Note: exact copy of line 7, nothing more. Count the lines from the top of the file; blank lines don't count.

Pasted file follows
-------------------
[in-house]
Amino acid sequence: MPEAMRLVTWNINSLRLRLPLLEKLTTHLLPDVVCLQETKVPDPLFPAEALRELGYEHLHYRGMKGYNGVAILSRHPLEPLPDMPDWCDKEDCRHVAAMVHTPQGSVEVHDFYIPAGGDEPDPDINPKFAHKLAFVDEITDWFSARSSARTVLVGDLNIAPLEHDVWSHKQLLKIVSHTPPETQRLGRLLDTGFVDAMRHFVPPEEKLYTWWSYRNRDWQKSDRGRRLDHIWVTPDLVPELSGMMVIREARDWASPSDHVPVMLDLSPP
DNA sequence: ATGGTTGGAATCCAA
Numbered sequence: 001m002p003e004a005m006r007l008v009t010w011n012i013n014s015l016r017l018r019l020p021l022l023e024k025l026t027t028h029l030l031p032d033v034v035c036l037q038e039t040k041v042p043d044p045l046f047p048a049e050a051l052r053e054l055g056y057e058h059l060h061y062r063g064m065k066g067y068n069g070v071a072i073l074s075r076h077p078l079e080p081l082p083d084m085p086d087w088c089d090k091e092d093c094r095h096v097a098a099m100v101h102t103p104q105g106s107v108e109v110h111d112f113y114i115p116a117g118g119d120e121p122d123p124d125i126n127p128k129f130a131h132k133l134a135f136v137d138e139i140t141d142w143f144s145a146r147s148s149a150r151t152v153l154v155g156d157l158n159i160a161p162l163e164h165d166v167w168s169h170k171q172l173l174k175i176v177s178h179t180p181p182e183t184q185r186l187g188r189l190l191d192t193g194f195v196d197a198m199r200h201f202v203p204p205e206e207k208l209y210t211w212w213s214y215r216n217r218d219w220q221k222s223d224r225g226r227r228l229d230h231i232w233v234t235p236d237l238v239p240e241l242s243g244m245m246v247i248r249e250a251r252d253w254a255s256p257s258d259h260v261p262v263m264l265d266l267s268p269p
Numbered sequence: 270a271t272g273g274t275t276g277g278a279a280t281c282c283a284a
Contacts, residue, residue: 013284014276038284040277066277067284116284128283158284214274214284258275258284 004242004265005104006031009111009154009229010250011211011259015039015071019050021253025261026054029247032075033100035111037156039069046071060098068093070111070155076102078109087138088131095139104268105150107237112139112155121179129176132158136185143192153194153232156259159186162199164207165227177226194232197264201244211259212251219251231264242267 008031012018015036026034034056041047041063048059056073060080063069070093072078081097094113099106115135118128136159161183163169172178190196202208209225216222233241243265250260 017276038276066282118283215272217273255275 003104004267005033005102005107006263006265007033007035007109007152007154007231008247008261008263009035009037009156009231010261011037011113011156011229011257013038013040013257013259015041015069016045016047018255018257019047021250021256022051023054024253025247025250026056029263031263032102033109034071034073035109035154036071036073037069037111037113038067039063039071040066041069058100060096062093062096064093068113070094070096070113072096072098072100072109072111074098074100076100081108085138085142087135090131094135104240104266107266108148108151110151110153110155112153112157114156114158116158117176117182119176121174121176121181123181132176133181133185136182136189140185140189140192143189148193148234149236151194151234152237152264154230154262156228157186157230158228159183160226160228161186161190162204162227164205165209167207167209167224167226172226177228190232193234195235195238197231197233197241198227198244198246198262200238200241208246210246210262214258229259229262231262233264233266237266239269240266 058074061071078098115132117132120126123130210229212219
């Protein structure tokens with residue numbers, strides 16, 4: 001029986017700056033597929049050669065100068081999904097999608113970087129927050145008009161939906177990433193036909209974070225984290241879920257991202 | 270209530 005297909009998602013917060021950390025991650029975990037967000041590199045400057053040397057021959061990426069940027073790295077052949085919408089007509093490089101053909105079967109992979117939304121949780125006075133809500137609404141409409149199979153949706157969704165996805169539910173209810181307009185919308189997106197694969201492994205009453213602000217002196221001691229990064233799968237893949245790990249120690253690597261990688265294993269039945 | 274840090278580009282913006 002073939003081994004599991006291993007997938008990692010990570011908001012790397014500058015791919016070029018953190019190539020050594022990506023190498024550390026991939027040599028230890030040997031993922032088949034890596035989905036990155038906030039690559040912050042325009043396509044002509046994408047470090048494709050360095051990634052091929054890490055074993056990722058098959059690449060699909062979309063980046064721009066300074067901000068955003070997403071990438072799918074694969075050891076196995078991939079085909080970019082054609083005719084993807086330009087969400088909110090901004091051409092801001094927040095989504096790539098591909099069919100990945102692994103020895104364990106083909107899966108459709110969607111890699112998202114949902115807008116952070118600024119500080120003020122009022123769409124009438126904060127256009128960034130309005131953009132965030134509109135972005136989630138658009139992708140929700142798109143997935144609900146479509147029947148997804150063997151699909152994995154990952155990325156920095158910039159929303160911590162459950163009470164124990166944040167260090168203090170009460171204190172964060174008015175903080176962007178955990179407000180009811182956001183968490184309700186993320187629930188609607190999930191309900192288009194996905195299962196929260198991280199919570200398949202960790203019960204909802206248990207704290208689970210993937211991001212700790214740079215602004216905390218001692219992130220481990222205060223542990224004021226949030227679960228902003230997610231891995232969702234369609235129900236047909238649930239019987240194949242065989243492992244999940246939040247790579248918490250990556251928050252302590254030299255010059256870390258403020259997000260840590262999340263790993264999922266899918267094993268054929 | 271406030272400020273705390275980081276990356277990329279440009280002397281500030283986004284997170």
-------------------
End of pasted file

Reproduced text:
């Protein structure tokens with residue numbers, strides 16, 4: 001029986017700056033597929049050669065100068081999904097999608113970087129927050145008009161939906177990433193036909209974070225984290241879920257991202 | 270209530 005297909009998602013917060021950390025991650029975990037967000041590199045400057053040397057021959061990426069940027073790295077052949085919408089007509093490089101053909105079967109992979117939304121949780125006075133809500137609404141409409149199979153949706157969704165996805169539910173209810181307009185919308189997106197694969201492994205009453213602000217002196221001691229990064233799968237893949245790990249120690253690597261990688265294993269039945 | 274840090278580009282913006 002073939003081994004599991006291993007997938008990692010990570011908001012790397014500058015791919016070029018953190019190539020050594022990506023190498024550390026991939027040599028230890030040997031993922032088949034890596035989905036990155038906030039690559040912050042325009043396509044002509046994408047470090048494709050360095051990634052091929054890490055074993056990722058098959059690449060699909062979309063980046064721009066300074067901000068955003070997403071990438072799918074694969075050891076196995078991939079085909080970019082054609083005719084993807086330009087969400088909110090901004091051409092801001094927040095989504096790539098591909099069919100990945102692994103020895104364990106083909107899966108459709110969607111890699112998202114949902115807008116952070118600024119500080120003020122009022123769409124009438126904060127256009128960034130309005131953009132965030134509109135972005136989630138658009139992708140929700142798109143997935144609900146479509147029947148997804150063997151699909152994995154990952155990325156920095158910039159929303160911590162459950163009470164124990166944040167260090168203090170009460171204190172964060174008015175903080176962007178955990179407000180009811182956001183968490184309700186993320187629930188609607190999930191309900192288009194996905195299962196929260198991280199919570200398949202960790203019960204909802206248990207704290208689970210993937211991001212700790214740079215602004216905390218001692219992130220481990222205060223542990224004021226949030227679960228902003230997610231891995232969702234369609235129900236047909238649930239019987240194949242065989243492992244999940246939040247790579248918490250990556251928050252302590254030299255010059256870390258403020259997000260840590262999340263790993264999922266899918267094993268054929 | 271406030272400020273705390275980081276990356277990329279440009280002397281500030283986004284997170």